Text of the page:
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What goes on during decision making
The brain analyses all options before making a decision
We often question ourselves… What fruits do I want? Which one is nicer? Did I just have any of these? Do I want mangoes from Thailand or Malaysia? Why are there black spots on the fruits? These are decisions that might go through our head when cementing a decision.
What may hinder decision making?
Choice paralysis is the inability to make a timely decision as there are too many options to choose from. When we are given so many options, our brain analyses them before we make a decision, thus we tend to spend more time brooding over it. It may also come a point in time where we are unable to conclude and settle in on a final decision, leaving everything in limbo.
Status quo bias
Status quo bias is one’s preference for things to remain the way it is, as change may bring about risks. Often times, we are afraid that by choosing something different, we might end up regretting it, causing harm or even give rise to negativity.
Common concerns associated with change
One of the common concerns associated with change is that people perceive change as an unnecessary burden. Besides that, we tend to focus our attention on associated risks instead of potential benefits when choosing a different option. This leads us to develop the fear of failing and the fear of putting in hard work to adapt to changes, which might end up at square one. Last but not least, there might be the fear of the lack in some sort of guidance or direction to follow when embarking on the change journey.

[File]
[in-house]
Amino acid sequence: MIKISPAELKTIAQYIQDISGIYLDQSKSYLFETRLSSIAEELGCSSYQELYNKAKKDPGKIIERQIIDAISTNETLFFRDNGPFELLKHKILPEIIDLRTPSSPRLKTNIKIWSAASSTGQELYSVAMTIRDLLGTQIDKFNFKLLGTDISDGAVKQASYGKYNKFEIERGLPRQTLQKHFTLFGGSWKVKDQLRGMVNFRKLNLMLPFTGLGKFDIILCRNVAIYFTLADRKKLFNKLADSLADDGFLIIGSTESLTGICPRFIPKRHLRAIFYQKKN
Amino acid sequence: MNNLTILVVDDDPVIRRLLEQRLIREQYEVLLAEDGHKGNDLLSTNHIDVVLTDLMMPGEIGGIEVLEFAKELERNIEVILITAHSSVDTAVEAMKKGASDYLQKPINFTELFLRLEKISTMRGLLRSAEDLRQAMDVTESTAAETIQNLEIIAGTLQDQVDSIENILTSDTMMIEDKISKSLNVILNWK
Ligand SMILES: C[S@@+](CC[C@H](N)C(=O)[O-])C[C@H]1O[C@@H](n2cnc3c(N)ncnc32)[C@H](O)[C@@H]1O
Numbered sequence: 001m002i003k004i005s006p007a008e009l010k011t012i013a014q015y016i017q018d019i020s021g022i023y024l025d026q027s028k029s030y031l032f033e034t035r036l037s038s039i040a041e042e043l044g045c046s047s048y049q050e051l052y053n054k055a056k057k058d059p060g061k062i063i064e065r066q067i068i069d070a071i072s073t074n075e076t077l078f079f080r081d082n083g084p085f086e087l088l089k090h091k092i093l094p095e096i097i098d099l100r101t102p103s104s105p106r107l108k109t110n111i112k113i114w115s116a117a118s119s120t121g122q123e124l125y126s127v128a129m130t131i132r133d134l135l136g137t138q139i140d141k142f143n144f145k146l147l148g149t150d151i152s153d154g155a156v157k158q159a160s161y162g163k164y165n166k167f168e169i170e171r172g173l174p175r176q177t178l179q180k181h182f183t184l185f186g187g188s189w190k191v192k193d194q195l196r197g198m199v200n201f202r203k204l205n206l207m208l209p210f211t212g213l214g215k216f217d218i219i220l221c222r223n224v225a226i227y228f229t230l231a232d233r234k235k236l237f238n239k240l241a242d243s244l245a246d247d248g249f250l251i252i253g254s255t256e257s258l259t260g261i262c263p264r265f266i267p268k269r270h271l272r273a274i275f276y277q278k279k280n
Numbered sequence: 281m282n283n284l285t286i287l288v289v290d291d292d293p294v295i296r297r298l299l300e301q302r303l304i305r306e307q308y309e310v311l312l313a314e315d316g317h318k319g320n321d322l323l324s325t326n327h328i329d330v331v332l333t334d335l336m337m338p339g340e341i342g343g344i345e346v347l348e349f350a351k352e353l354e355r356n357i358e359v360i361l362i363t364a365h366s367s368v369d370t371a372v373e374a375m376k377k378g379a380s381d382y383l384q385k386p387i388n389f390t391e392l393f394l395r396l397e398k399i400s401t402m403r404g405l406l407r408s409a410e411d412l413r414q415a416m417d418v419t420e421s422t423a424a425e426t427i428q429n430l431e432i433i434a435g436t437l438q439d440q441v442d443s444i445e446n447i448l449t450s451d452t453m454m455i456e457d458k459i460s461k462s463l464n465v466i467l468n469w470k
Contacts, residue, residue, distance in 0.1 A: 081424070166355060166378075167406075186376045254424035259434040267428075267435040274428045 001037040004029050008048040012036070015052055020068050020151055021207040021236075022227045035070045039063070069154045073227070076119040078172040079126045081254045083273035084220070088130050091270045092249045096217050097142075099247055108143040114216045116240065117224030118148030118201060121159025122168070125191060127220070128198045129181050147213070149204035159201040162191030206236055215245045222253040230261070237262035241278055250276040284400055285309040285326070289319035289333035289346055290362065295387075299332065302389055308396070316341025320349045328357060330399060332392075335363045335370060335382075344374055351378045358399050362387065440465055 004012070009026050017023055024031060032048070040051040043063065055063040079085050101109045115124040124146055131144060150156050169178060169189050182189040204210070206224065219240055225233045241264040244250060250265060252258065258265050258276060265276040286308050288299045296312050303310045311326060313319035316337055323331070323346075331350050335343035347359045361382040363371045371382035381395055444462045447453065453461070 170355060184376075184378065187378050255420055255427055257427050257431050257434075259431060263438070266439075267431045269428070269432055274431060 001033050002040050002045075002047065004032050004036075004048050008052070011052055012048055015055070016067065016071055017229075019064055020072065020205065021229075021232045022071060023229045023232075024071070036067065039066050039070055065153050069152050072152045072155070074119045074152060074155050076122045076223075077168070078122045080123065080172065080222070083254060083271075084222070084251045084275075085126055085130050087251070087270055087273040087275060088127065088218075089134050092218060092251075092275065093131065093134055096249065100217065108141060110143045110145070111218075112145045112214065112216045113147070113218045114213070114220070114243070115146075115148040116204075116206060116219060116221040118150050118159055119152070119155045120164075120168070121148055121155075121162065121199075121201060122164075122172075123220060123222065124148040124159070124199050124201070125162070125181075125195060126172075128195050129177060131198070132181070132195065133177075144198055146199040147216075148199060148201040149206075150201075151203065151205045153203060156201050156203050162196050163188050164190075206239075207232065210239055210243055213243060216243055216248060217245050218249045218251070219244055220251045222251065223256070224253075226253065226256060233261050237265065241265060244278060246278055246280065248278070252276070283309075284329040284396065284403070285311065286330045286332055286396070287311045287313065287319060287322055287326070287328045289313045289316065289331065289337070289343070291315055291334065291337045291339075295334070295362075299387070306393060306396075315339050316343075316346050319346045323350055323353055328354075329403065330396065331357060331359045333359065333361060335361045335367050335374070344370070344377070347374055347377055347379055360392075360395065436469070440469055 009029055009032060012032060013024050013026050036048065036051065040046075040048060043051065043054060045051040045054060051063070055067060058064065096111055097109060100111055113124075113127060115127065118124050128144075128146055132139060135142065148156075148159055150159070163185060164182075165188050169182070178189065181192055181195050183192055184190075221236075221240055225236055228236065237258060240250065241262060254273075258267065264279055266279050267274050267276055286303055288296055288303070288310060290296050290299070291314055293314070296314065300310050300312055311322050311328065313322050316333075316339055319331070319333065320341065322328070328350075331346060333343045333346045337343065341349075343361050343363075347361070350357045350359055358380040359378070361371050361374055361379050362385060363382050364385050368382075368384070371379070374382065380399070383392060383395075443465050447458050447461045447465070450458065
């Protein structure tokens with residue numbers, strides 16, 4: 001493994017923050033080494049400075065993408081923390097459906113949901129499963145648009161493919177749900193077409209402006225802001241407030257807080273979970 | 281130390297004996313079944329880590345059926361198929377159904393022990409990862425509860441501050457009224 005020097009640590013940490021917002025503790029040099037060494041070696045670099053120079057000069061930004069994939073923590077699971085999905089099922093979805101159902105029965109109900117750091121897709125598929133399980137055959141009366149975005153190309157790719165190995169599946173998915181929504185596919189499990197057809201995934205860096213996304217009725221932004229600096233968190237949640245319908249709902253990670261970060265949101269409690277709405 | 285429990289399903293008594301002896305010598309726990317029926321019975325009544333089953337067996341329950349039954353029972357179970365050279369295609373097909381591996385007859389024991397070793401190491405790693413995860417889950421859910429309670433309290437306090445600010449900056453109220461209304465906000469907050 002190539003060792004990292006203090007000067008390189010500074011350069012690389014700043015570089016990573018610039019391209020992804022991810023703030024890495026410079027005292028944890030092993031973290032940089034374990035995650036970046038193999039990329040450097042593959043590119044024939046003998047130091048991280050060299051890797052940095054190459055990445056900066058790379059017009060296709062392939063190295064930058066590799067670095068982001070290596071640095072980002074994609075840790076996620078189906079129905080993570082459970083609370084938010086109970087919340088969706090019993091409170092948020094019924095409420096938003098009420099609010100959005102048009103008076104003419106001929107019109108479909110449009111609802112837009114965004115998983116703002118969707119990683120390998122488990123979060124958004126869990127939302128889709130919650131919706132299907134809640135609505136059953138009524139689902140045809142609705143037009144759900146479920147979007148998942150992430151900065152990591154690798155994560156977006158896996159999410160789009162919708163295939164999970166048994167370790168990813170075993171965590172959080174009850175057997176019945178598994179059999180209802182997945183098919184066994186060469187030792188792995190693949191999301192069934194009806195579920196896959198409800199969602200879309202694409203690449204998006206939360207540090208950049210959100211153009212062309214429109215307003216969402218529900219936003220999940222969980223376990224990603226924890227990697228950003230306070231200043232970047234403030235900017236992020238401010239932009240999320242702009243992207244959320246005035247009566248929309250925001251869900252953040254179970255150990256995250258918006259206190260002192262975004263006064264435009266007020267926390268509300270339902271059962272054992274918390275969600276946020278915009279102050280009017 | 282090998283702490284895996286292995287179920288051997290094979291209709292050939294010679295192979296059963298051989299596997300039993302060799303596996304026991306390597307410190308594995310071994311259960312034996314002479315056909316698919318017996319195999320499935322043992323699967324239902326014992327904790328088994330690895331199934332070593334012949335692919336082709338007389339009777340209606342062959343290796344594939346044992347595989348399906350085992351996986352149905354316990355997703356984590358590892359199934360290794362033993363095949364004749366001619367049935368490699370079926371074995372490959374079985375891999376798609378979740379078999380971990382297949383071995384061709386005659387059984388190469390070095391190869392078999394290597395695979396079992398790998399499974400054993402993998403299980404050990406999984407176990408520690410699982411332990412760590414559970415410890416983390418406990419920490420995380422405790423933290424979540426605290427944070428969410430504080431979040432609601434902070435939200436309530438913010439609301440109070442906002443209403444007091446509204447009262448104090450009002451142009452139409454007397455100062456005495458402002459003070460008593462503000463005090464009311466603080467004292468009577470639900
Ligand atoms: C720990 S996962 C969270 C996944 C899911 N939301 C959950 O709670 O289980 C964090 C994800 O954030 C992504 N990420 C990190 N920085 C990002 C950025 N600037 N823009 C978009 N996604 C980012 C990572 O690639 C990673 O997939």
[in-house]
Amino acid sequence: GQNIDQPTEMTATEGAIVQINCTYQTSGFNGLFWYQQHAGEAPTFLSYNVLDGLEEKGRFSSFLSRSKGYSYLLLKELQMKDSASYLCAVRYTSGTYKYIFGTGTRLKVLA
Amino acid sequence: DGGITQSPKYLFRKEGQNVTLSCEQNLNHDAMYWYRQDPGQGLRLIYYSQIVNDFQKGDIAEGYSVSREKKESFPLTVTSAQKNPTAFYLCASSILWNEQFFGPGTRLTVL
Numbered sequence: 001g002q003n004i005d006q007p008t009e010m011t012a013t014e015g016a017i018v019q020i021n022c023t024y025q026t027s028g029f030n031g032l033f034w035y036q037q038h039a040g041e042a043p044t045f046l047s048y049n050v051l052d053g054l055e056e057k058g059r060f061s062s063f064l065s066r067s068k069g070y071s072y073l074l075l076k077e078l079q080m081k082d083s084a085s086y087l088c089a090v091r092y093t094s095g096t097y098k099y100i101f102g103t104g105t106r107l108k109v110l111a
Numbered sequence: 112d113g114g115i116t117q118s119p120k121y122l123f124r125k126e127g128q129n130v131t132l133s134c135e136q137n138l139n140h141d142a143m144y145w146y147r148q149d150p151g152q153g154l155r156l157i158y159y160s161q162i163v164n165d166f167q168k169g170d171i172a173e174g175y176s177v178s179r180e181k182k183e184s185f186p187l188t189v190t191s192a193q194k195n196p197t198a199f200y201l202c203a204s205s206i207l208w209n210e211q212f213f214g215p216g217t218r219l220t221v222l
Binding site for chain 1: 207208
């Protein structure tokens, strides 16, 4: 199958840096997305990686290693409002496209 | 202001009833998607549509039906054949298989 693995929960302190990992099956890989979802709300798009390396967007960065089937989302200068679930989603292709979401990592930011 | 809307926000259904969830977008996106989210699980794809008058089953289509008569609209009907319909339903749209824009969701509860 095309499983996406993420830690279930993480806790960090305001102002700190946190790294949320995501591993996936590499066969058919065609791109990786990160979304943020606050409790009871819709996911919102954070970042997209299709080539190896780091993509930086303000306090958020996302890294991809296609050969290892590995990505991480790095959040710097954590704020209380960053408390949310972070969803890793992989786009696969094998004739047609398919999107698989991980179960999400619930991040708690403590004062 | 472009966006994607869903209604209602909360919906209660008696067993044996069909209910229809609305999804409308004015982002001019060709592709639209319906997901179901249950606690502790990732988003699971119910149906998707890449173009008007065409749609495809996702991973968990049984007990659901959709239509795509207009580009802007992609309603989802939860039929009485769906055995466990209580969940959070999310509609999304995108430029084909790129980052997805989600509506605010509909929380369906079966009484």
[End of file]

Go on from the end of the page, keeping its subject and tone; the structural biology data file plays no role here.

Potential Impact of Status Quo Bias
A potential impact of status quo bias is the hidden resistance where one pretends to comply while attempting to sabotage the effort to change or delay acting on the change, as the intention is to let things remain the same and not experience any modifications moving forwards.
Apart from that, status quo bias also neglects the people who are not included or have fallen through the loopholes of current policies, as the lesser involvement from others, the higher the chance that change will not occur.
Furthermore, it lowers efficiency and productivity; preventing the spirit of innovation; and ultimately extinguishing any form of progress.
Because status quo bias prevents us from making high-risk decisions that could be harmful to us, it provides one with the feeling of security and stability in today's rapidly changing world. Therefore, moving forward, let us consider the potential benefits rather than focusing on possible losses. Keep in mind that not all changes are bad, to keep in step with the ever-evolving world, we must change to fit in or be left out.
Dr Shawn Ee.
BSc. BPsych. DPsych.(Clinical), Clinical Psychologist & Psychoanalytic Psychotherapist, Registered Psychologist (AHPRA; Australia)